Amon Carter, Sr. was a very generous man, a great businessman, an owner of oil wells, and he developed his wealth by taking part in numerous civic activities. He owned the Fort Worth Star Telegram, one of the great newspapers of the Ft. Worth-Dallas area. He had a special interest in aviation, and helped bring the aircraft industry to the combined cities. As the cities grew he became a director of American Airlines. He was active in the Chamber of Commerce, in the development of art museums and the expansion of the airport known as the Dallas-Fort Worth airport -- it had his name attached to it for many decades.
Wealth had to be shared, he always said, and he used his abilities and resources to help develop the school system, the oil and transport industry, and, as he was also a collector or art, started several museums. His interest in the arts included a love or western culture, and the paintings and statues he acquired and gave to the museums included works of Frederic Remington and Charles Russell among other many other famous Western artists
The collection of coins and currency Amon Sr. began had many classic coins and rivaled the art he acquired -- therefore it was world class. His son, Amon G. Carter, Jr., who was born in 1919, collected with his father from an early age and was taught to look for the best that could be found. Amon, Jr. continued the collection after his father died in 1953.
The contents of the collection was legendary, and it is an example of how a father stimulated his son’s appreciation for collecting and how the son carried out the legacy until his death in 1982.
To read the complete article, see:
The Amon G. Carter, Jr. Family Collection, Part 1
Arthur Shippee passed along this breaking news from National Public Radio (NPR) -Editor
A U.S. appeals court says a digital library of more than 10 million scanned and searchable texts amounts to "fair use," ruling against a group of authors who claimed copyright infringement. The HathiTrust Digital Library is a database of books that universities have allowed Google to scan without authors' consent. Although the books can't be read by the general public without permission, they can be searched for keywords — a function used, for example, by researchers looking at word patterns and frequencies.
The court upheld the 2012 ruling of Judge Harold Baer, who wrote that HathiTrust is an "invaluable contribution to the progress of science and cultivation of the arts." NPR's Lynn Neary reported Tuesday that the case "hinged on copyright law and provisions of the Americans with Disabilities Act," because the library allows people who have disabilities that prevent them from reading printed books to access the digital works in alternative forms.
This is great news for researchers! -Editor
To access the HathiTrust Digital Library, see: www.hathitrust.org
To read the complete article, see: Book News: Appeals Court Rules Digital Library Doesn't Violate Copyright Law (www.npr.org/blogs/thetwo-way/2014/06/11/320927974/book-news-appeals-court-rules-digital-library-doesn-t-violate-copyright-law)
Kerry Rodgers submitted this question for readers concerning the language seen on a German East Africa banknote. -Editor
Heritage sold a wonderful group of World War I emergency issue notes of German East Africa from the Ruth Hill Collection a few weeks ago. The back of each note carries the following statement:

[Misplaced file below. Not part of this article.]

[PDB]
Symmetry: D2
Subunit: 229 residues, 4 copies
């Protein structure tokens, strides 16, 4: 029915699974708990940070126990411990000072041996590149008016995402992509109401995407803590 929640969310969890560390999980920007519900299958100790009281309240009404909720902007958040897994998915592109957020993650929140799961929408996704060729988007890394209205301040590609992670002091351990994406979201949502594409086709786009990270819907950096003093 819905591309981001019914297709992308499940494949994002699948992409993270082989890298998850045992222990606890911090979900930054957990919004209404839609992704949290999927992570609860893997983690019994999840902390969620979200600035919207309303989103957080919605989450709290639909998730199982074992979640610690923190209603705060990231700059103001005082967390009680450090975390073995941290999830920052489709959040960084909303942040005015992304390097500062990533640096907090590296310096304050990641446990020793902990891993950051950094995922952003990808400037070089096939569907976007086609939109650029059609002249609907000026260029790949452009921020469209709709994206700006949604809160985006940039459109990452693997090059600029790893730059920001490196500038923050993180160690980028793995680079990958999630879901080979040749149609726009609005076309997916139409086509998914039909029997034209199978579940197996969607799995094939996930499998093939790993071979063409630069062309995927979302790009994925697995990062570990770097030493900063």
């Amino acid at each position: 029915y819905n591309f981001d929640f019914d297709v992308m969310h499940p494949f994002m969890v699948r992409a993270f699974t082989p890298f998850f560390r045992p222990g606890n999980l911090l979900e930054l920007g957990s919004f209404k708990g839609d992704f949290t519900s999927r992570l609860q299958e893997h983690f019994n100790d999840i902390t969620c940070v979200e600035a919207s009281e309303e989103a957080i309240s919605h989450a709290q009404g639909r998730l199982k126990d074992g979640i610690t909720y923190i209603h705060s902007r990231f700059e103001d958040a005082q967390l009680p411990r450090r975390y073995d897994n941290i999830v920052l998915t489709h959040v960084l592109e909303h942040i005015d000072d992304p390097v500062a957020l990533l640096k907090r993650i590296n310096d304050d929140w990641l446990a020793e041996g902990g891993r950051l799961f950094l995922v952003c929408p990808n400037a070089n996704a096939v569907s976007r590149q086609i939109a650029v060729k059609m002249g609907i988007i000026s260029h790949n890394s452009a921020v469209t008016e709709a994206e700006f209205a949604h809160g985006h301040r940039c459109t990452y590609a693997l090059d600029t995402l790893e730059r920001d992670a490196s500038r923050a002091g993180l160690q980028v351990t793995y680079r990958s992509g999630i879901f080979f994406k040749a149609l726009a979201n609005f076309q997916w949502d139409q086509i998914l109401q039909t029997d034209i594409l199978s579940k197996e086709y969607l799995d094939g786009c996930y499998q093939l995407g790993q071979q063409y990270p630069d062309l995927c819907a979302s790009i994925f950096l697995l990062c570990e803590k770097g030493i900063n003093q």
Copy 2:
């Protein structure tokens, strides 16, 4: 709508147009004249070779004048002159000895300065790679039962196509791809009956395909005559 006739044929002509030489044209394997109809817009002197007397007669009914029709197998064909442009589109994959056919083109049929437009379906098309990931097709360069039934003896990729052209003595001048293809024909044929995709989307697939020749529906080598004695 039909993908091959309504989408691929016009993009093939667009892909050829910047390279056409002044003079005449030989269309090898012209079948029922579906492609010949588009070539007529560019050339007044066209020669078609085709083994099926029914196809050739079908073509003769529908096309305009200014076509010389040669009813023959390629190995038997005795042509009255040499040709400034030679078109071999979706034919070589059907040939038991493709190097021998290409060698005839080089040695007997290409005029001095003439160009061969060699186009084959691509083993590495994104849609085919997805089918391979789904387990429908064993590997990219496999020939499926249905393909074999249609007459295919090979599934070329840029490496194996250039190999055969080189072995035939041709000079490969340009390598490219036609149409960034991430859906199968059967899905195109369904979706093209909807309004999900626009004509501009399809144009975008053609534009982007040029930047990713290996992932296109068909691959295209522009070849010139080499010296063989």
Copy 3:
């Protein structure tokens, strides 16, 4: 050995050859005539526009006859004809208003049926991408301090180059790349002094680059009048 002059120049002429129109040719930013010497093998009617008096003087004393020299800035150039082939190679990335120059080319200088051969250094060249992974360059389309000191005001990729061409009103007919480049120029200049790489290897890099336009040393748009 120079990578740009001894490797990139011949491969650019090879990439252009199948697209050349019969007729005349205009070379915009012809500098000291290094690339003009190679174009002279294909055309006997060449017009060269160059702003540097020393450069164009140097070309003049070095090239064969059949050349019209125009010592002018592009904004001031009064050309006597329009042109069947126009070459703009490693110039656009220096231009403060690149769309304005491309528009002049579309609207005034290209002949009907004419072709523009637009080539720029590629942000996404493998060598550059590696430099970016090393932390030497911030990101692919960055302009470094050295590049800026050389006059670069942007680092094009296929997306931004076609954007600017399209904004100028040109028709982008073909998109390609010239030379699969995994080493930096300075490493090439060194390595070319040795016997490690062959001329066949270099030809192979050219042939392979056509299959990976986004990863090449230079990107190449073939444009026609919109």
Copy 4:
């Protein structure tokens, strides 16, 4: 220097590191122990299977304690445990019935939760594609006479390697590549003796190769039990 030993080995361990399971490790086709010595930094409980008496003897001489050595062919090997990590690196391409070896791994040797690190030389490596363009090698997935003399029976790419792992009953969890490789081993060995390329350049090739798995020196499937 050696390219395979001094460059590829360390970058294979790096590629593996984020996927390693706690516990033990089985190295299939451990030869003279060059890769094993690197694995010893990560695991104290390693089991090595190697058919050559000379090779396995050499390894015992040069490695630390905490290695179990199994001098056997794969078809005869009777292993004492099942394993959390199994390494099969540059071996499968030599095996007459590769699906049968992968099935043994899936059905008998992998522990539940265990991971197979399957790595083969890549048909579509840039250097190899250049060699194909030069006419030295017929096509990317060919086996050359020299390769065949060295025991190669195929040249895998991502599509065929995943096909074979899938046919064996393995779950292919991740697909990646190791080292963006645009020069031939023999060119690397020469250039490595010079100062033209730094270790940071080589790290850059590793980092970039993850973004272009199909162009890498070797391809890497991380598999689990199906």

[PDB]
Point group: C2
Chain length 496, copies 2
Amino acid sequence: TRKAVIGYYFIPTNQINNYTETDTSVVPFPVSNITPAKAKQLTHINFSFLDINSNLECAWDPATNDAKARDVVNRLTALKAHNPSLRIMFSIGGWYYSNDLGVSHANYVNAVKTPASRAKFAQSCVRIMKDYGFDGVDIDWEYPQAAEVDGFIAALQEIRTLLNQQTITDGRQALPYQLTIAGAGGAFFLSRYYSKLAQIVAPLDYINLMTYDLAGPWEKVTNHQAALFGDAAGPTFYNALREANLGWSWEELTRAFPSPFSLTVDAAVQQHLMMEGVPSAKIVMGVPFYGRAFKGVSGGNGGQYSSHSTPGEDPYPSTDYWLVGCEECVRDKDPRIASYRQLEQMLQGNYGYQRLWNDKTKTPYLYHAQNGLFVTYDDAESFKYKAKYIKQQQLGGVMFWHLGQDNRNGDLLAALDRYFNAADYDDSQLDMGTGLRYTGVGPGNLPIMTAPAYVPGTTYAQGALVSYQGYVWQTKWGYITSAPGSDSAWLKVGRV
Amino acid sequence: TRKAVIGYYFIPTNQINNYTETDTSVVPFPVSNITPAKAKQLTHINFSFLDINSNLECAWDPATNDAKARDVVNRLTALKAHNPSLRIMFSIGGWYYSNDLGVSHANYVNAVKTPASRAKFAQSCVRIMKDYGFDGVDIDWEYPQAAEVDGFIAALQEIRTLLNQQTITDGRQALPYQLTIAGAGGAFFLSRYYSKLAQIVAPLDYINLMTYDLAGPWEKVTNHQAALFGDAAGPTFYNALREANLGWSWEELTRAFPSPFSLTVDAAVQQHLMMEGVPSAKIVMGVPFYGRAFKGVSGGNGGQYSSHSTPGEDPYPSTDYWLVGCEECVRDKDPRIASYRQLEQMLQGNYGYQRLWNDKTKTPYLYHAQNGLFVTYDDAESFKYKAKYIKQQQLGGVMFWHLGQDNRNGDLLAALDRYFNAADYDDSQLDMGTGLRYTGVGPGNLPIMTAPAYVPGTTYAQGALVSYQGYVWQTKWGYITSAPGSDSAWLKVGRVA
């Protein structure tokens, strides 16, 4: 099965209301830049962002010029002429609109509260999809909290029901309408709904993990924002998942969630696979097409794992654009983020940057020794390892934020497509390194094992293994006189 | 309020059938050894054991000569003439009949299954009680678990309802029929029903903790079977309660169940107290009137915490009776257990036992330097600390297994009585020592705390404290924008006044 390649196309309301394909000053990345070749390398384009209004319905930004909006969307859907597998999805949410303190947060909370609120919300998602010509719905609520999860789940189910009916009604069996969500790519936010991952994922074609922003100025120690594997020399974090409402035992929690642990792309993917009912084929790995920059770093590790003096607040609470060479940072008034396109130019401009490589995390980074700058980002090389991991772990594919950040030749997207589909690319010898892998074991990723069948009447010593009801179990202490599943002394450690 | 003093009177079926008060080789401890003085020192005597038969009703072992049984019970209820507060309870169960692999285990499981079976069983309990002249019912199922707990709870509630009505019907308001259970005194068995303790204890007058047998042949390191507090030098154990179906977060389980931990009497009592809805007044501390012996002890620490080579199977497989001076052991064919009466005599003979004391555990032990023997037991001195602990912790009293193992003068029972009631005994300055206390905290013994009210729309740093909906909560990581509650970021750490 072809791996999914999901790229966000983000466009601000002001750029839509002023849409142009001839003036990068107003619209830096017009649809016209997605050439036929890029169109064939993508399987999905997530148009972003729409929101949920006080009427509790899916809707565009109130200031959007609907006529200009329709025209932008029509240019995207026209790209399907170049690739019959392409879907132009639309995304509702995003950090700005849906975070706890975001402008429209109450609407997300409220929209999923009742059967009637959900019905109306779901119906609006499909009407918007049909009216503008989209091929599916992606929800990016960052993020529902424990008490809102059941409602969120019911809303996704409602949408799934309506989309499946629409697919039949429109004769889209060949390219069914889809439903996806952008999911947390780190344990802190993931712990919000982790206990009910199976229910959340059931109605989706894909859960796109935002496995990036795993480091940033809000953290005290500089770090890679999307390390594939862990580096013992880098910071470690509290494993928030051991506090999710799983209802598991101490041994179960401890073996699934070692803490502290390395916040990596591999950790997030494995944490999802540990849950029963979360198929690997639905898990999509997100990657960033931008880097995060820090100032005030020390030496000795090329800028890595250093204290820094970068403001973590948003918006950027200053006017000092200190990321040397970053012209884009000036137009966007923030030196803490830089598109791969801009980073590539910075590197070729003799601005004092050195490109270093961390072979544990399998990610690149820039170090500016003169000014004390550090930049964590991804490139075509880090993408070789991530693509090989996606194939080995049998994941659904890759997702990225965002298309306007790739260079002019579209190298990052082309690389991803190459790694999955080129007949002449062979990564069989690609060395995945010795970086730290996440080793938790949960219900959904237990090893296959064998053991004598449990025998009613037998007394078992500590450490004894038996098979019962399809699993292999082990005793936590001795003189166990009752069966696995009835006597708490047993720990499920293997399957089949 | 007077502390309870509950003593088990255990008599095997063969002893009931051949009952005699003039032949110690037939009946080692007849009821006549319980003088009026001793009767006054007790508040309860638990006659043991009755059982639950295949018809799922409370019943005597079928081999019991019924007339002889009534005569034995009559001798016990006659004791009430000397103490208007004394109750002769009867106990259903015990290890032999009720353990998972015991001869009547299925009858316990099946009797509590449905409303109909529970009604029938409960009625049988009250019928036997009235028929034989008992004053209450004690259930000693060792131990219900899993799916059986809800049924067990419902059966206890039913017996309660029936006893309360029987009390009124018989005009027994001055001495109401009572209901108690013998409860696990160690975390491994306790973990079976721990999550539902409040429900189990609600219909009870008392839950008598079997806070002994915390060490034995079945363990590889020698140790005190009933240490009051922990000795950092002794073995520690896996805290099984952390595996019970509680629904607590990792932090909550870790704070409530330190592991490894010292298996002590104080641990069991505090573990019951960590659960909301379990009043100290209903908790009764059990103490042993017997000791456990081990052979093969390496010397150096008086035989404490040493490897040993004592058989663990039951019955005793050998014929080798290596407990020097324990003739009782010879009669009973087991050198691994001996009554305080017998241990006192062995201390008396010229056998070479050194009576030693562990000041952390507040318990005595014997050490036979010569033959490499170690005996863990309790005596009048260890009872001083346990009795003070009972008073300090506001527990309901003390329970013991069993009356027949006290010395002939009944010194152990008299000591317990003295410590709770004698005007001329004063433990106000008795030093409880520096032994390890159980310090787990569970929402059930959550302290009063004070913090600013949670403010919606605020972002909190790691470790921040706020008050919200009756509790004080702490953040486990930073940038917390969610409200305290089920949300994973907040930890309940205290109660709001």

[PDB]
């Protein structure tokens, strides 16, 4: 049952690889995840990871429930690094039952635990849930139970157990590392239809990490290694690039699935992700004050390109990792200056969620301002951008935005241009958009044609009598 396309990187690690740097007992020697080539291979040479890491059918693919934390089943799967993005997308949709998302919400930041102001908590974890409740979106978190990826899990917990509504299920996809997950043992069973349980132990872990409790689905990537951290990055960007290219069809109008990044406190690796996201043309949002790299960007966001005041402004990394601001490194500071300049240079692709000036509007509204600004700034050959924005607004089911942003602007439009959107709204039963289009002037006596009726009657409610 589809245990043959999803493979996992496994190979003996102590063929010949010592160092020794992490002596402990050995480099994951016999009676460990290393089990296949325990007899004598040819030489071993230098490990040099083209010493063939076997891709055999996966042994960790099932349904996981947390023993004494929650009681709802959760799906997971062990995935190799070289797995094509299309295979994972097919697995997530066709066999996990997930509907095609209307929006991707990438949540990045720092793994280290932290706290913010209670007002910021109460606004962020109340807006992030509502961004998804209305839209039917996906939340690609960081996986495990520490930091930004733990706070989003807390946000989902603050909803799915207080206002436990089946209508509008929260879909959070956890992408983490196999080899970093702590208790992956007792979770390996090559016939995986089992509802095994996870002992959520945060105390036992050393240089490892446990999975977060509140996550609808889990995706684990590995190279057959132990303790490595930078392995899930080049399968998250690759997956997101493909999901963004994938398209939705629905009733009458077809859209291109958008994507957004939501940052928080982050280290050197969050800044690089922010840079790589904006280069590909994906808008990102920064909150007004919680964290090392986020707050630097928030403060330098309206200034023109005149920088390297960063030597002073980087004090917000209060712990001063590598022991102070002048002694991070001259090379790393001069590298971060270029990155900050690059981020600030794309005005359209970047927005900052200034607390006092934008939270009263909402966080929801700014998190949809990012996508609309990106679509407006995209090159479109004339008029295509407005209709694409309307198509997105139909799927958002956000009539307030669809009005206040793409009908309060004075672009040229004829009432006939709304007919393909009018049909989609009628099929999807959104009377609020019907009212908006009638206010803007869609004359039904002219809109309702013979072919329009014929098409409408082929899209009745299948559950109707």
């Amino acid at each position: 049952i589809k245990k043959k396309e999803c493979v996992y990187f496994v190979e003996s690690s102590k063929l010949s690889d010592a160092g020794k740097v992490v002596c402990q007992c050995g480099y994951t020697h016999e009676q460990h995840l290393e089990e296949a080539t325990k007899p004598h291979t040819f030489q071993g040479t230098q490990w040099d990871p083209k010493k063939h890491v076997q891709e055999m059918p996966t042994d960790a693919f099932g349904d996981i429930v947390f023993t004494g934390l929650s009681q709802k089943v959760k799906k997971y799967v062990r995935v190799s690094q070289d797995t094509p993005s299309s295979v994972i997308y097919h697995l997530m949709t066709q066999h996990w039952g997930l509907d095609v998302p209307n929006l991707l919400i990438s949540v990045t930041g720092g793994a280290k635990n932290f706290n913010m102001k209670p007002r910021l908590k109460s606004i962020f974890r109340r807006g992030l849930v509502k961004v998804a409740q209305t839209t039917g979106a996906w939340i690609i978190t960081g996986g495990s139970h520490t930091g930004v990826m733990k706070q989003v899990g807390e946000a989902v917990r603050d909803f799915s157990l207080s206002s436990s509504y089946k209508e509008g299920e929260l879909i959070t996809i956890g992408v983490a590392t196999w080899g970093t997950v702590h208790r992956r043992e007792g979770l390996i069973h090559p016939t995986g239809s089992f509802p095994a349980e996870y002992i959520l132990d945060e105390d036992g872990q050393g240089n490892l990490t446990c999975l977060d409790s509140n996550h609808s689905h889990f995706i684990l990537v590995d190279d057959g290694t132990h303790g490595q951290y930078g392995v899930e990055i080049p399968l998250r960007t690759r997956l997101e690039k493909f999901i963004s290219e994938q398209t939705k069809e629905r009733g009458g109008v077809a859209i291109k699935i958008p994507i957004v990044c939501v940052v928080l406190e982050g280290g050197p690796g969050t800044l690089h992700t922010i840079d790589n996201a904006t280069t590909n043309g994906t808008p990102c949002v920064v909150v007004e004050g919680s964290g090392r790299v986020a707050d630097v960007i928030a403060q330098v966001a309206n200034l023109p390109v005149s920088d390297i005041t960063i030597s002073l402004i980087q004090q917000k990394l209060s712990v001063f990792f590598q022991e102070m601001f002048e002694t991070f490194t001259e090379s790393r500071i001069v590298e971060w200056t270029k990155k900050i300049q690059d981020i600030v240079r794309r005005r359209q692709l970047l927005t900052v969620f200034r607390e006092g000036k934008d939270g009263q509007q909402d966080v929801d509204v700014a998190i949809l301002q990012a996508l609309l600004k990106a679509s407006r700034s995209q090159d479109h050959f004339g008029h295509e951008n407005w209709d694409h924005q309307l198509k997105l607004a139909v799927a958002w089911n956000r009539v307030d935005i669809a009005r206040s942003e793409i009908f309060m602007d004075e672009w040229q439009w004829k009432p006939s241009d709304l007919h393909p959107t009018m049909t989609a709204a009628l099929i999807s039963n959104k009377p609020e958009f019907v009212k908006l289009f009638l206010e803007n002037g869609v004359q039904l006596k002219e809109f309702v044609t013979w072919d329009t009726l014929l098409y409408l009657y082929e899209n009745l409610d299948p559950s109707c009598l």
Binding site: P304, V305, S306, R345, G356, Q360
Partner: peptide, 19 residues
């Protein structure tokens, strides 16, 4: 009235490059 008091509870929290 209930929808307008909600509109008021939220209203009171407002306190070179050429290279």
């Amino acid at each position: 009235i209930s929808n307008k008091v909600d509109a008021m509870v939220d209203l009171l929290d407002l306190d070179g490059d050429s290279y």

There is a caution against counterfeiting in German in the box at the bottom. The text above the box is a promissory clause repeated twice in two different languages, the first of which is in German and occupies three lines. The second language is the next two lines.
Question: what is the second language that repeats the promissory clause?
Caveat: respondents need to be clear that the note is from Deutsch-Ostafrika and not Deutsch-Südwestafrika nor Deutsch-Westafrika. The latter two German colonies had been occupied by allied forces long before this note was printed in 1916.
And, just in case anyone wanted to know, the forces in Deutsch-Ostafrika were the only part of the German military never to be defeated in open warfare in the whole of WWI. They surrendered two weeks after the armistice had been signed in Europe.
Kerry has since figured this out, but now I'm curious to see if any of our readers can recognize the language. I was stumped! -Editor
Arthur Shipee forwarded this article from the British Museum blog by curator Helen Wang, about, of all things, Viking ships on Chinese banknotes. Thanks! Here's an excerpt. -Editor
‘There are Viking ships on Chinese banknotes’ I said to Gareth Williams, curator of the BP exhibition Vikings: life and legend, thinking that I could easily research them before the exhibition. After all, these notes were issued in the 1920s by the Sino-Scandinavian Bank, one of the many foreign and joint-venture banks in China at the time. But it has turned out to be more demanding than I expected, thrown up a number of interesting questions along the way, and what follows is by no means the full story.
The Sino-Scandinavian Bank was given its charter by the Chinese government on 21 July 1921, and began operating on 7 January 1922. It was actually a Chinese-Norwegian joint venture, with the larger part of the funding coming from Chinese sources, and a smaller part from Norwegian investors. The Bank’s first notes are dated 1922, but the majority that have survived (about 30 different types) were probably issued after 1924. The bank appears to have gone bankrupt sometime in 1926 or 1927. Most of the information we know about the Sino-Scandinavian Bank comes from Bjørn R. Rønning’s unpublished master’s thesis ‘Sino-Scandinavian Bank (1921-ca.1927) En norsk bank i Kina?’ (Hovedoppgave i historie ved Universitetet i Oslo, våren 1979).